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Fundy Regional Service Commission Rejects Budget

By Brad Perry Oct 21, 2022 | 5:45 AM

The Fundy Regional Service Commission is pushing back against downloaded costs from the province.

On Wednesday, commission members unanimously rejected the commission’s 2023 budget.

Grand Bay-Westfield Mayor Brittany Merrifield, who chairs the commission, said they were not comfortable with several budget issues.

“The capital costs, the new downloaded costs from the provincial government which aren’t considered to be fully funded,” Merrifield said in a phone interview after the meeting.

One of the biggest concerns relates to how municipalities outside of Saint John will fund city-owned regional facilities going forward.

For more than 20 years, Quispamsis, Rothesay and Grand Bay-Westfield have supported operating costs for five facilities through the Greater Saint John Regional Facilities Act.

Saint John has been solely responsible for capital costs associated with the Saint John Trade and Convention Centre, Canada Games Aquatic Centre, Saint John Arts Centre, Imperial Theatre, and TD Station.

However, as part of the province’s local governance reform process, outlying municipalities will each be on the hook to help cover capital expenditures.

The budget proposed for 2023 would see municipalities paying a combined $3.4 million for operational costs and nearly $1.5 million for capital costs.

“Our goal was to strive to build a consensus on a 2023 budget we could all accept, but that didn’t end up being the case,” said Merrifield.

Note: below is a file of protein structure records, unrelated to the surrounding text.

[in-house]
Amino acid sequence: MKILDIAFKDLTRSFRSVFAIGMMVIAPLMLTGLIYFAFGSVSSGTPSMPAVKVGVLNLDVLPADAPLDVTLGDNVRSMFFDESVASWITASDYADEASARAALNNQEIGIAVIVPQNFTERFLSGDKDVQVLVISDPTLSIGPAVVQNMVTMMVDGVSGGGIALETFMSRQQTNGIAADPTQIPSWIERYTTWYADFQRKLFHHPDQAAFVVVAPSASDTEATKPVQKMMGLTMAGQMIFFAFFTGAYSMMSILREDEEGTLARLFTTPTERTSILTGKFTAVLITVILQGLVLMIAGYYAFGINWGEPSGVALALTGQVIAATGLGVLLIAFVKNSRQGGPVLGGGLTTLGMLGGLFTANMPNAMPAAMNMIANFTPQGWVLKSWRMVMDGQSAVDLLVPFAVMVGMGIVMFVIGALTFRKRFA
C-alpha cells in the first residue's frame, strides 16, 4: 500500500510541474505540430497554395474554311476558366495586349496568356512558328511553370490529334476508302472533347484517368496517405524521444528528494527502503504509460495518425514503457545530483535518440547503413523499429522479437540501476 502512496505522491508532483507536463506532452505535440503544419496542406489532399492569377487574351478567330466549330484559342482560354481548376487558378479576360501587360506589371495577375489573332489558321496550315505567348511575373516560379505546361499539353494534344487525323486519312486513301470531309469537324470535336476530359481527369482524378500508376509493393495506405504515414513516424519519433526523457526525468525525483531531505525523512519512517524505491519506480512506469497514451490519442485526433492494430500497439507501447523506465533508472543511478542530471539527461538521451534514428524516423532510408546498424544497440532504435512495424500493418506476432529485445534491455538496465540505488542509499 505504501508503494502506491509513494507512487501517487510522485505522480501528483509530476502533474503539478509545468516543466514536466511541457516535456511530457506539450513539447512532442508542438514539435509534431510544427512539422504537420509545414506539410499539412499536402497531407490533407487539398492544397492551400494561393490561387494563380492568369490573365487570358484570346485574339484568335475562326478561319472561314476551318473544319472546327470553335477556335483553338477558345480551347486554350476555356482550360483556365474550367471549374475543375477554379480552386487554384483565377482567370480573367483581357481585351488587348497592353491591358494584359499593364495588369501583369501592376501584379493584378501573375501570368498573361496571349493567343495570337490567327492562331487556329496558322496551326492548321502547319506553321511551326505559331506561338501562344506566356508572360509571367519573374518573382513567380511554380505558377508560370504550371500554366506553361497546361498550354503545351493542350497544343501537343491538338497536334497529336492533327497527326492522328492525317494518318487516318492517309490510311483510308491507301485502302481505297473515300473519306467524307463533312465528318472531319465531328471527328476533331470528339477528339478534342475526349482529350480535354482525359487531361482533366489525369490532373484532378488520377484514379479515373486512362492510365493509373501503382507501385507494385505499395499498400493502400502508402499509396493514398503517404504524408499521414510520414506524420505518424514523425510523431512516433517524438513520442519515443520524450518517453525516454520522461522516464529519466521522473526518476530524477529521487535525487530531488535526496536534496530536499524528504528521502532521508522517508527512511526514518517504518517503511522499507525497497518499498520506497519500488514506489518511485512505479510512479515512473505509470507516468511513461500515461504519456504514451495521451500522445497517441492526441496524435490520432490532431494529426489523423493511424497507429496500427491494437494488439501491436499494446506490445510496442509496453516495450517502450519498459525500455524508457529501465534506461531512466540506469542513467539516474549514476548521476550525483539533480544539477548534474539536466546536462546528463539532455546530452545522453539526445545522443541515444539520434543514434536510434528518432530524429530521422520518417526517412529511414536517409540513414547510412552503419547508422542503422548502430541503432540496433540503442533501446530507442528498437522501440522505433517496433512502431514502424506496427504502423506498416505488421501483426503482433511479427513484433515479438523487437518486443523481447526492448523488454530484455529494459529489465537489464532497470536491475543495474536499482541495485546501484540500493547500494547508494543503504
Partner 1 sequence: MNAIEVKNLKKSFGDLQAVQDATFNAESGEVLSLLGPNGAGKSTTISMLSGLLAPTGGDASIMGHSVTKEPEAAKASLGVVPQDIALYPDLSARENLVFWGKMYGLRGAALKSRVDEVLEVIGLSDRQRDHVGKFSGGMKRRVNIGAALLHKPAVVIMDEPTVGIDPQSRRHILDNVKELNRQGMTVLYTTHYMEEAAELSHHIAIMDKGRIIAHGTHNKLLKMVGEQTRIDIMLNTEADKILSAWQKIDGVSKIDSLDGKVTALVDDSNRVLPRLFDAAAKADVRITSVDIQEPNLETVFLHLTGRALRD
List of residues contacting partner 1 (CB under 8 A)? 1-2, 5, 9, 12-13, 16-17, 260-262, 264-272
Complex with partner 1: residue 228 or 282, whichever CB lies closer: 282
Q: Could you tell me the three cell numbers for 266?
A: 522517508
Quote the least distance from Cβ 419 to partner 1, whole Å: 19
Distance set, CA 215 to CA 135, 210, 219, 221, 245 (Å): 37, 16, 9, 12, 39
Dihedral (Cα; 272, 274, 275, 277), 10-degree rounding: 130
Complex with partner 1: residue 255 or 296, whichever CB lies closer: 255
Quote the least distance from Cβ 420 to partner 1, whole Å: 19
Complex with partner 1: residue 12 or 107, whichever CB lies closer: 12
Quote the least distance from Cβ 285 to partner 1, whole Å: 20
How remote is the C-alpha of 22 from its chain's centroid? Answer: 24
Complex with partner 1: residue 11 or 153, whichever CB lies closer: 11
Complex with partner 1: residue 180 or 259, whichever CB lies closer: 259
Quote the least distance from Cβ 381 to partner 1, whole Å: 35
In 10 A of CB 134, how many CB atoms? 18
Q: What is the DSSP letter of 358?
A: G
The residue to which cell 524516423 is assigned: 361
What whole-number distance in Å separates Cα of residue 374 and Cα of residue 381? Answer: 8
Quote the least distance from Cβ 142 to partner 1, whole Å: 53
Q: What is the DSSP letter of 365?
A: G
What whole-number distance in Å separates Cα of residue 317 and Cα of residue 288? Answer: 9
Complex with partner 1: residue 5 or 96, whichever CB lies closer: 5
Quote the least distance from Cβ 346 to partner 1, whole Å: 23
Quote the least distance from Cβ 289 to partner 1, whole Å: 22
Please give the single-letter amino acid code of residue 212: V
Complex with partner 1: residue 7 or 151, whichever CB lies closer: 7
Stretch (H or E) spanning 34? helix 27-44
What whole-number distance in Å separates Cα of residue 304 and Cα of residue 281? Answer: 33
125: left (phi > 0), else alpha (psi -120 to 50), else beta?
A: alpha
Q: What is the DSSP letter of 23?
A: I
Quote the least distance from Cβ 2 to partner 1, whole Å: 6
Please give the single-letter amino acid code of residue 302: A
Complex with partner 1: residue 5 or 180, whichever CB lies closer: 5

RELATED: Quispamsis Councillors Frustrated Over Facility Cost-Sharing

The commission did approve a motion from Quispamsis Mayor Libby O’Hara asking the city to submit data about recent capital investment along with projections for upcoming capital expenditures.

Merrifield said the commission is also concerned about the lack of information they have received throughout the process, and the lack of power of each municipality in the course of developing the budget.

Even though commission members flatly rejected the proposed budget, it may still be approved at the end of the day. That is because Local Government and Local Governance Reform Minister Daniel Allain has the final say.

“By rejecting the budget, we’re certainly rejecting the downloaded costs that are coming from the province to the municipalities. Municipalities are the level of government that are least able to afford these provincial services and it’s important that that feedback go back to the minister,” said Merrifield.


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